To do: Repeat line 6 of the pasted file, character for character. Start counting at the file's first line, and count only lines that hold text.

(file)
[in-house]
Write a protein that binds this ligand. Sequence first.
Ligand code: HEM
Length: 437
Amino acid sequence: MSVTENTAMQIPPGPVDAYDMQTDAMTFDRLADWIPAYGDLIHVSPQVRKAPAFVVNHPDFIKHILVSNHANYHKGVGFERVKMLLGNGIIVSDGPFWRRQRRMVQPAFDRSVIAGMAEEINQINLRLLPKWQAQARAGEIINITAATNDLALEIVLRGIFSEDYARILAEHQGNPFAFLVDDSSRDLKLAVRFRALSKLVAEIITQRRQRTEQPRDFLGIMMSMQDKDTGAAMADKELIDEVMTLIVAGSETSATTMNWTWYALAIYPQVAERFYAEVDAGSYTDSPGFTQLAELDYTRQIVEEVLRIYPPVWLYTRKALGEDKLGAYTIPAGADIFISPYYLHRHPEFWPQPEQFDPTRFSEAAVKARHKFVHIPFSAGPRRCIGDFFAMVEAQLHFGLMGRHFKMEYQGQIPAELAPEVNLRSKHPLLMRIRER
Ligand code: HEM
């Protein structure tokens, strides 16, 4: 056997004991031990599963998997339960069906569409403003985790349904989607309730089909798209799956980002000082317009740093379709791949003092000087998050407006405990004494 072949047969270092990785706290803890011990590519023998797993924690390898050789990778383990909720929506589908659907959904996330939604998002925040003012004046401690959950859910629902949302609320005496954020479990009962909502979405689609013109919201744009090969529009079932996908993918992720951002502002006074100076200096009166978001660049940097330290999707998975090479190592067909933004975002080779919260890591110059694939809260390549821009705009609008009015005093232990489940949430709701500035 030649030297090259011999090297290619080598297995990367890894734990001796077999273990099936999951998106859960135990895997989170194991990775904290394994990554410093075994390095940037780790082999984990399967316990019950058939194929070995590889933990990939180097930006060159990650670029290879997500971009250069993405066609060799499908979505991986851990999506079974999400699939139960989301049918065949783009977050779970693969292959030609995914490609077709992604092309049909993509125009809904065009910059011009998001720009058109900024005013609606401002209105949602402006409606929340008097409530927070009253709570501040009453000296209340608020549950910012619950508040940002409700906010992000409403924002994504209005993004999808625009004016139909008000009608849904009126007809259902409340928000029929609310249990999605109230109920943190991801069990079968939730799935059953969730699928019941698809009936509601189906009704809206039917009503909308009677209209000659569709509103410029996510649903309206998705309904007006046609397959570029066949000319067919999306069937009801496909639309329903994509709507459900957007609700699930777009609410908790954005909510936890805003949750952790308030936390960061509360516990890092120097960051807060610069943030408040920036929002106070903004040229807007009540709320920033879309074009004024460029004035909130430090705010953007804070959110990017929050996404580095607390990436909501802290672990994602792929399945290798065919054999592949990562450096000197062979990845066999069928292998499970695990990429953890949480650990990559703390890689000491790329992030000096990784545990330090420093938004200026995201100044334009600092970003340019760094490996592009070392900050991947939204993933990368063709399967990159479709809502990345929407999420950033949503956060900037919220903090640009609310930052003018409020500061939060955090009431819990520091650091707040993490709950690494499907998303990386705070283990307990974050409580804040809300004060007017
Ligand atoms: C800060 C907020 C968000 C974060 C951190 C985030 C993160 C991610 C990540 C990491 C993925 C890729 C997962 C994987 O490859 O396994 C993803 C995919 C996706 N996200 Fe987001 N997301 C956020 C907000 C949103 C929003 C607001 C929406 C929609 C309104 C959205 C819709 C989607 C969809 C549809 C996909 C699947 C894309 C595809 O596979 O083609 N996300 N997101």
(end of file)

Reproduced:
Ligand code: HEM